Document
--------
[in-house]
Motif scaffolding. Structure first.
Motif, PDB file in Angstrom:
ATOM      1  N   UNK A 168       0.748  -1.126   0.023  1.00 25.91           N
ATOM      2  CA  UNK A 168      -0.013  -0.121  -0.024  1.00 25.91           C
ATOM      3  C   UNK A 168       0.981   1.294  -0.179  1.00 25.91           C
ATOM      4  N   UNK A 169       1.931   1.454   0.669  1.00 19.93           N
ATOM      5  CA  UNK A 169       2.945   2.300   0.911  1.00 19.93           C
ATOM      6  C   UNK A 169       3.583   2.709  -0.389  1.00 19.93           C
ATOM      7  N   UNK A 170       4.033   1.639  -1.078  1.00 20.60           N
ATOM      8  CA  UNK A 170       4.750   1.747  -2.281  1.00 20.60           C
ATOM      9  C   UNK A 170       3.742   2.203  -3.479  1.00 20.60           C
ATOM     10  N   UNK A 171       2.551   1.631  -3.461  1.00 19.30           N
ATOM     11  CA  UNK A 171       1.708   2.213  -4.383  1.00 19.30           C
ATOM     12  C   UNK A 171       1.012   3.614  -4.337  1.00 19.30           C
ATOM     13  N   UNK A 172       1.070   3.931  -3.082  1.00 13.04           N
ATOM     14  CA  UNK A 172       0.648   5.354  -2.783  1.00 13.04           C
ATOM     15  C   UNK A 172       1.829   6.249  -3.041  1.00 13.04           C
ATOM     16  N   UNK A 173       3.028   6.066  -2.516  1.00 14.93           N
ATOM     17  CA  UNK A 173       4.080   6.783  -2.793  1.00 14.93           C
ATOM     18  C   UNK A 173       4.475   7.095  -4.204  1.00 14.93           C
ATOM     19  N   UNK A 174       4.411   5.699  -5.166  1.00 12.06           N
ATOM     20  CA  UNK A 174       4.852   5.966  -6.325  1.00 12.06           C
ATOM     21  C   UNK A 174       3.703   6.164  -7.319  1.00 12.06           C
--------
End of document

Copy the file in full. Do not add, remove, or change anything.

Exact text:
[in-house]
Motif scaffolding. Structure first.
Motif, PDB file in Angstrom:
ATOM      1  N   UNK A 168       0.748  -1.126   0.023  1.00 25.91           N
ATOM      2  CA  UNK A 168      -0.013  -0.121  -0.024  1.00 25.91           C
ATOM      3  C   UNK A 168       0.981   1.294  -0.179  1.00 25.91           C
ATOM      4  N   UNK A 169       1.931   1.454   0.669  1.00 19.93           N
ATOM      5  CA  UNK A 169       2.945   2.300   0.911  1.00 19.93           C
ATOM      6  C   UNK A 169       3.583   2.709  -0.389  1.00 19.93           C
ATOM      7  N   UNK A 170       4.033   1.639  -1.078  1.00 20.60           N
ATOM      8  CA  UNK A 170       4.750   1.747  -2.281  1.00 20.60           C
ATOM      9  C   UNK A 170       3.742   2.203  -3.479  1.00 20.60           C
ATOM     10  N   UNK A 171       2.551   1.631  -3.461  1.00 19.30           N
ATOM     11  CA  UNK A 171       1.708   2.213  -4.383  1.00 19.30           C
ATOM     12  C   UNK A 171       1.012   3.614  -4.337  1.00 19.30           C
ATOM     13  N   UNK A 172       1.070   3.931  -3.082  1.00 13.04           N
ATOM     14  CA  UNK A 172       0.648   5.354  -2.783  1.00 13.04           C
ATOM     15  C   UNK A 172       1.829   6.249  -3.041  1.00 13.04           C
ATOM     16  N   UNK A 173       3.028   6.066  -2.516  1.00 14.93           N
ATOM     17  CA  UNK A 173       4.080   6.783  -2.793  1.00 14.93           C
ATOM     18  C   UNK A 173       4.475   7.095  -4.204  1.00 14.93           C
ATOM     19  N   UNK A 174       4.411   5.699  -5.166  1.00 12.06           N
ATOM     20  CA  UNK A 174       4.852   5.966  -6.325  1.00 12.06           C
ATOM     21  C   UNK A 174       3.703   6.164  -7.319  1.00 12.06           C